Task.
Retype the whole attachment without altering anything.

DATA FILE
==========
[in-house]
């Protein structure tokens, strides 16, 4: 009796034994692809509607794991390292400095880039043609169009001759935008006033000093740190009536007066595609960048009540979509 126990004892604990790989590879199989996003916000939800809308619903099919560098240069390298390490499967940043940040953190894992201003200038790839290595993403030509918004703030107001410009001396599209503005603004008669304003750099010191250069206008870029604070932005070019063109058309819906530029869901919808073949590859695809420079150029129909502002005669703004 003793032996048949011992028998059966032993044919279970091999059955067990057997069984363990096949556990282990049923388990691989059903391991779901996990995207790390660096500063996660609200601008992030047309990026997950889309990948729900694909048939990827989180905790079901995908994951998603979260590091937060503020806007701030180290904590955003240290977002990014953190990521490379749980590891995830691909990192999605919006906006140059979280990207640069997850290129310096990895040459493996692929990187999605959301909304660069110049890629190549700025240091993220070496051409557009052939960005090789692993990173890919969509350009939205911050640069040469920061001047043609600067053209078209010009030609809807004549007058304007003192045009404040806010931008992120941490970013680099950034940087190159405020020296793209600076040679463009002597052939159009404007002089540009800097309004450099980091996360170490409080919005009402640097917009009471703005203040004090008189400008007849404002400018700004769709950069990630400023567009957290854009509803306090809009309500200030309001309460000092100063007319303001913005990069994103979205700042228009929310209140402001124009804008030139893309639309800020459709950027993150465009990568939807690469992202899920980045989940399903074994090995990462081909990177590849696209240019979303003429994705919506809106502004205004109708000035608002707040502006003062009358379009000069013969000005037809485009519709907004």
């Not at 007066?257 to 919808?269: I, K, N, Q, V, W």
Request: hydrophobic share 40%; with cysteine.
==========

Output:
[in-house]
């Protein structure tokens, strides 16, 4: 009796034994692809509607794991390292400095880039043609169009001759935008006033000093740190009536007066595609960048009540979509 126990004892604990790989590879199989996003916000939800809308619903099919560098240069390298390490499967940043940040953190894992201003200038790839290595993403030509918004703030107001410009001396599209503005603004008669304003750099010191250069206008870029604070932005070019063109058309819906530029869901919808073949590859695809420079150029129909502002005669703004 003793032996048949011992028998059966032993044919279970091999059955067990057997069984363990096949556990282990049923388990691989059903391991779901996990995207790390660096500063996660609200601008992030047309990026997950889309990948729900694909048939990827989180905790079901995908994951998603979260590091937060503020806007701030180290904590955003240290977002990014953190990521490379749980590891995830691909990192999605919006906006140059979280990207640069997850290129310096990895040459493996692929990187999605959301909304660069110049890629190549700025240091993220070496051409557009052939960005090789692993990173890919969509350009939205911050640069040469920061001047043609600067053209078209010009030609809807004549007058304007003192045009404040806010931008992120941490970013680099950034940087190159405020020296793209600076040679463009002597052939159009404007002089540009800097309004450099980091996360170490409080919005009402640097917009009471703005203040004090008189400008007849404002400018700004769709950069990630400023567009957290854009509803306090809009309500200030309001309460000092100063007319303001913005990069994103979205700042228009929310209140402001124009804008030139893309639309800020459709950027993150465009990568939807690469992202899920980045989940399903074994090995990462081909990177590849696209240019979303003429994705919506809106502004205004109708000035608002707040502006003062009358379009000069013969000005037809485009519709907004």
């Not at 007066?257 to 919808?269: I, K, N, Q, V, W």
Request: hydrophobic share 40%; with cysteine.